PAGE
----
That included measurements of pulmonary function. In this study, we obtained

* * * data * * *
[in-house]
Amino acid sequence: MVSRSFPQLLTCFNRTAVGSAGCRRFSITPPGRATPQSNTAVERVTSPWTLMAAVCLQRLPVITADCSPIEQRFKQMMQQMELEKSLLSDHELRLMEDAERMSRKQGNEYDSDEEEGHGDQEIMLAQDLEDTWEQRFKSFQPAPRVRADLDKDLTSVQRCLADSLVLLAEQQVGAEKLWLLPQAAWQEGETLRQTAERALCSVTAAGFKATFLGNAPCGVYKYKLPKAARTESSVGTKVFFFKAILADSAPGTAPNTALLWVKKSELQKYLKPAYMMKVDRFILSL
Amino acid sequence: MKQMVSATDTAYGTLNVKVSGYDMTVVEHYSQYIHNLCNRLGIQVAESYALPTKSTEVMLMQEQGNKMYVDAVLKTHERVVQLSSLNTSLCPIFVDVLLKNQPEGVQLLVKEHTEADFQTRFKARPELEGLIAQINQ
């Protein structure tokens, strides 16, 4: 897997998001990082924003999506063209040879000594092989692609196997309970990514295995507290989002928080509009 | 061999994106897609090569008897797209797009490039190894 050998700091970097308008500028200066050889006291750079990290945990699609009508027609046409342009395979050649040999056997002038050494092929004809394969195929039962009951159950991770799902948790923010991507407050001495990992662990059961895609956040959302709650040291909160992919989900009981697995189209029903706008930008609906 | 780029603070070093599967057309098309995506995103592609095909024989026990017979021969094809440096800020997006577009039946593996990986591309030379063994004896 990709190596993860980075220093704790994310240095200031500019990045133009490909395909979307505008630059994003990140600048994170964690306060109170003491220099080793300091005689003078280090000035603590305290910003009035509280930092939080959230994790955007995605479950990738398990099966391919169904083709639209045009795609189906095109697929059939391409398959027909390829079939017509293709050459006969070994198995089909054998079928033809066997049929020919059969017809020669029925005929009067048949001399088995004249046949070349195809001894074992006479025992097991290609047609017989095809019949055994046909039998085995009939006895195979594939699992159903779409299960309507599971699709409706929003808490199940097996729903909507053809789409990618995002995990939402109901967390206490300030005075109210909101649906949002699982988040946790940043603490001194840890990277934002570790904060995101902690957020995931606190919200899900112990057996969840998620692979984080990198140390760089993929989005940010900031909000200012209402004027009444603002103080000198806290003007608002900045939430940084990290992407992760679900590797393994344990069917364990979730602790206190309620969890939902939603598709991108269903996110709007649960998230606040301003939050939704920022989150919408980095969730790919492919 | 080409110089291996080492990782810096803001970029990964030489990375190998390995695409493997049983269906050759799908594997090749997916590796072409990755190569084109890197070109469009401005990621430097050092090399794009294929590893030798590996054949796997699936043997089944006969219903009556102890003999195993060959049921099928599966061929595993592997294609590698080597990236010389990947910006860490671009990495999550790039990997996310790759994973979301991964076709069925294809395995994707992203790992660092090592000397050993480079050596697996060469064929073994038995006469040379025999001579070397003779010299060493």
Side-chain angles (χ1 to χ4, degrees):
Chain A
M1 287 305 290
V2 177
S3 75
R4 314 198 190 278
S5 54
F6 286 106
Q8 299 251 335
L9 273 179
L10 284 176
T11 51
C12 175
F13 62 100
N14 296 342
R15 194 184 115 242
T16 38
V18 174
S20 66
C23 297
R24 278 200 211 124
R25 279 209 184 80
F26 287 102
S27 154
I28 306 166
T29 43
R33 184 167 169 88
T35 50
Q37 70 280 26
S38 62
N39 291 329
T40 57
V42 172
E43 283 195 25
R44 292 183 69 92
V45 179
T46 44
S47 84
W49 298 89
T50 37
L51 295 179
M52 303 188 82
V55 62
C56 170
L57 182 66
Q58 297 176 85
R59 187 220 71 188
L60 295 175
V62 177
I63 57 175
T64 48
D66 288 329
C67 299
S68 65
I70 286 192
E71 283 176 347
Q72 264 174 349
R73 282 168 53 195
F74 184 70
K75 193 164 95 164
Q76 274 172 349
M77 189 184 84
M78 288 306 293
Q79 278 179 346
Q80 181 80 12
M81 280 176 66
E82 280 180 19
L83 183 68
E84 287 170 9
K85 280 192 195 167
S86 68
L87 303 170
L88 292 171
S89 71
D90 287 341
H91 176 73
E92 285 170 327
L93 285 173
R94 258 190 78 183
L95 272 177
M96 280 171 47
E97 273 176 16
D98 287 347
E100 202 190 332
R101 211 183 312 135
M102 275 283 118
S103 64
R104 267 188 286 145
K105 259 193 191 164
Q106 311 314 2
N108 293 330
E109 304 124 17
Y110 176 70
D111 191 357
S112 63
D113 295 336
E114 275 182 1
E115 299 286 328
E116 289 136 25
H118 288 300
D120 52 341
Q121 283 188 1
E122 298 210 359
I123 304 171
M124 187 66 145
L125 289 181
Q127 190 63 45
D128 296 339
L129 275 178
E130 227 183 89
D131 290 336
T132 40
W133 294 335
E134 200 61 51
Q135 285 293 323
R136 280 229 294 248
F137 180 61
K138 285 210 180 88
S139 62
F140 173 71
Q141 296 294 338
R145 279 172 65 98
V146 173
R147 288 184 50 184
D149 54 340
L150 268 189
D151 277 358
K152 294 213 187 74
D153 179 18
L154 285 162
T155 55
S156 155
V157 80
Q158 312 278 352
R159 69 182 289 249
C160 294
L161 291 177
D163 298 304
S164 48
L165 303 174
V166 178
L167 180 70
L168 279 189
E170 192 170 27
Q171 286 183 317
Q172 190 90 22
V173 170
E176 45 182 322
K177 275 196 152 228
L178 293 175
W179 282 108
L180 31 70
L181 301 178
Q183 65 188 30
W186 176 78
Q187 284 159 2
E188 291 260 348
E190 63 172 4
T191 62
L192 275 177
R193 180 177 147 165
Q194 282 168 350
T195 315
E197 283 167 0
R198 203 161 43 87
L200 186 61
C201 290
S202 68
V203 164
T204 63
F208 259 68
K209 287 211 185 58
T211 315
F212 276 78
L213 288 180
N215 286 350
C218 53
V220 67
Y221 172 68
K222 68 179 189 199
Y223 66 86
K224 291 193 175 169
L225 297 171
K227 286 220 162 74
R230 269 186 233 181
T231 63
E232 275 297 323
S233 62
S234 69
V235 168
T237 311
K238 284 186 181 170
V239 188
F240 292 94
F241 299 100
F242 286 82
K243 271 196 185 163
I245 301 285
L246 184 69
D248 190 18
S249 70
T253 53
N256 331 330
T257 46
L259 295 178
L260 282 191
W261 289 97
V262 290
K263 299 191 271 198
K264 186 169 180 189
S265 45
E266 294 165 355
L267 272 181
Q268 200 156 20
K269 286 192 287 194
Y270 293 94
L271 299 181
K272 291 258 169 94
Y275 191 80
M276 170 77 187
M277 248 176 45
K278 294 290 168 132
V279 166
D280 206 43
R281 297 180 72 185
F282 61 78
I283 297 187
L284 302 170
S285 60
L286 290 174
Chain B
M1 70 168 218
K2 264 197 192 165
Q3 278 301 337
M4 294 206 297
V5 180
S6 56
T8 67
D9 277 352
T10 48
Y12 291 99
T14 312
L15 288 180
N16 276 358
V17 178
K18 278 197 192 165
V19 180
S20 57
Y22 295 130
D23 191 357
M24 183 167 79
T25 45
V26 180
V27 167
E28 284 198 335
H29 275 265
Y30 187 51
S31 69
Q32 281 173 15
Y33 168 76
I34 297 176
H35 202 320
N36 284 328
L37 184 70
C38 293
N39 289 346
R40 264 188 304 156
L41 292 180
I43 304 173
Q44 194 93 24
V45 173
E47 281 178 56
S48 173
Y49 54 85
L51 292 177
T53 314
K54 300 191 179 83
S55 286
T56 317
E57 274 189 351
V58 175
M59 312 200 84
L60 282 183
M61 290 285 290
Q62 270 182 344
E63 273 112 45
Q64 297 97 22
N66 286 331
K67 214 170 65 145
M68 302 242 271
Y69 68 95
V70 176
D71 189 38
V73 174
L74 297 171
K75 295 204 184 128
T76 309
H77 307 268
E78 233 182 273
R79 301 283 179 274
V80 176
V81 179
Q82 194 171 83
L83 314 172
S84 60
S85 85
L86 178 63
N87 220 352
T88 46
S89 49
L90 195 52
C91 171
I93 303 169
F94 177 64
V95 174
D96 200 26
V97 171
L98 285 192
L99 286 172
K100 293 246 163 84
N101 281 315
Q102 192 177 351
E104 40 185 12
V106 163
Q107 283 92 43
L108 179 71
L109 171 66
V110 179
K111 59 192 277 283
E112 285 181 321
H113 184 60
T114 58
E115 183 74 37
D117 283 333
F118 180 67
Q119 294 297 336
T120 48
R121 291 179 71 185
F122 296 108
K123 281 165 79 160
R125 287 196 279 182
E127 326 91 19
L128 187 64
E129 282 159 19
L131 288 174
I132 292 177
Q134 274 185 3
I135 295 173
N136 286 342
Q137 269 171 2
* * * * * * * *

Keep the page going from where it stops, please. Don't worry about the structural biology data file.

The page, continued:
That included measurements of pulmonary function. In this study, we obtained the data of 2608 Chinese respondents, and excluded in the analyses 81 respondents who did not perform spirometry, 46 with technically unsatisfactory spirometric performance and 3 with other missing data. Complete spirometric 1326631 data was analyzed for 2478 respondents.Statistical analysisThe associations 3397-23-7 biological activity between levels of curry intake (primary independent variable of interest) and FEV1, FVC or FEV1/FVC (dependent variables) were determined using multiple linear regression. The regression models included a priori potential confounding co-variables which are known risk factors of pulmonary impairment established in the literature, and significant variables identified from initial univariate analyses (p,0.05). The primary confounding variables in all adjustment models for FEV1, FVC and FEV1/FVC included appropriately gender, age (single years), height (cm), smoking status (non-smokers, past smoker, current smoker, less than 20 cigarettes per day, 20 or more cigarettes per day), past occupational history and reported past or recent history of asthma, and additionally a significant height-squared term, where appropriate. Body mass index, dietary and SIS 3 supplement variables (intakes of fruits or vegetables, fish, milk or dairy products, antioxidant vitamins A, C or E supplements, vitamin D supplement, omega supplement, selenium supplement) which were possible nutritional co-variables of curry intake, were identified from initial base models and significant variables (p,0.05) were added in sequential models for further adjustments of the coefficient estimates of association between curry intake and pulmonary variables. Tests of linear trends in adjusted mean values of FEV1, FVC and FEV1/FVC across four ordinal categories of curry consumption were derived from estimated marginal mean values from ANCOVA in general linear model. Finally, we tested for significant interaction between curry intake (at least once a month versus less than once a month) and smoking status (non-smoker, past smoker and current smoker). All statistical tests were twosided, and statistical significance was determined by p,0.05.SpirometryVentilatory function testing was performed using a portable, battery operated, ultrasound transit-time based spirometer (EasyOne; Model 2001 Diagnostic Spirometer, NDD Medical Technologies, Zurich, Switzerland). Forced expiratory maneuvers were performed with the respondent seated according to American Thoracic Society (ATS) recommendations on standardization of procedures31: at least three technically acceptable maneuvers, with the two best forced vital capacity (FVC) and forced expiratory volume in the first second (FEV1), reproducible to within 5 or 200 mL. The largest FEV1 and the largest FVC on any of the acceptable tests were used. Height and weight was measured with a portable Seca stadiometer (Model 708 1314004, Vogel Hake Hamburg, Germany).Curcumin and Pulmonary FunctionStatistical analyses were performed using SPSS statistical software version 16.0 (SPSS Inc, Chicago Il).(b = +4.50 6 SE = 3.37, p = 0.18) associated with curry consumption as well.ResultsThe mean age of the participants was 66 years. (Table 1) Almost 10 of the participants reported consuming 12926553 curry at least once a week, and 25 reported consuming curry at least once a month. The frequencies of reported daily intake of supplements were about 18 for vitamins A,C, E and D, 6.5 for omega-3 fatt.That included measurements of pulmonary function. In this study, we obtained the data of 2608 Chinese respondents, and excluded in the analyses 81 respondents who did not perform spirometry, 46 with technically unsatisfactory spirometric performance and 3 with other missing data. Complete spirometric 1326631 data was analyzed for 2478 respondents.Statistical analysisThe associations between levels of curry intake (primary independent variable of interest) and FEV1, FVC or FEV1/FVC (dependent variables) were determined using multiple linear regression. The regression models included a priori potential confounding co-variables which are known risk factors of pulmonary impairment established in the literature, and significant variables identified from initial univariate analyses (p,0.05). The primary confounding variables in all adjustment models for FEV1, FVC and FEV1/FVC included appropriately gender, age (single years), height (cm), smoking status (non-smokers, past smoker, current smoker, less than 20 cigarettes per day, 20 or more cigarettes per day), past occupational history and reported past or recent history of asthma, and additionally a significant height-squared term, where appropriate. Body mass index, dietary and supplement variables (intakes of fruits or vegetables, fish, milk or dairy products, antioxidant vitamins A, C or E supplements, vitamin D supplement, omega supplement, selenium supplement) which were possible nutritional co-variables of curry intake, were identified from initial base models and significant variables (p,0.05) were added in sequential models for further adjustments of the coefficient estimates of association between curry intake and pulmonary variables. Tests of linear trends in adjusted mean values of FEV1, FVC and FEV1/FVC across four ordinal categories of curry consumption were derived from estimated marginal mean values from ANCOVA in general linear model. Finally, we tested for significant interaction between curry intake (at least once a month versus less than once a month) and smoking status (non-smoker, past smoker and current smoker). All statistical tests were twosided, and statistical significance was determined by p,0.05.SpirometryVentilatory function testing was performed using a portable, battery operated, ultrasound transit-time based spirometer (EasyOne; Model 2001 Diagnostic Spirometer, NDD Medical Technologies, Zurich, Switzerland). Forced expiratory maneuvers were performed with the respondent seated according to American Thoracic Society (ATS) recommendations on standardization of procedures31: at least three technically acceptable maneuvers, with the two best forced vital capacity (FVC) and forced expiratory volume in the first second (FEV1), reproducible to within 5 or 200 mL. The largest FEV1 and the largest FVC on any of the acceptable tests were used. Height and weight was measured with a portable Seca stadiometer (Model 708 1314004, Vogel Hake Hamburg, Germany).Curcumin and Pulmonary FunctionStatistical analyses were performed using SPSS statistical software version 16.0 (SPSS Inc, Chicago Il).(b = +4.50 6 SE = 3.37, p = 0.18) associated with curry consumption as well.ResultsThe mean age of the participants was 66 years. (Table 1) Almost 10 of the participants reported consuming 12926553 curry at least once a week, and 25 reported consuming curry at least once a month. The frequencies of reported daily intake of supplements were about 18 for vitamins A,C, E and D, 6.5 for omega-3 fatt.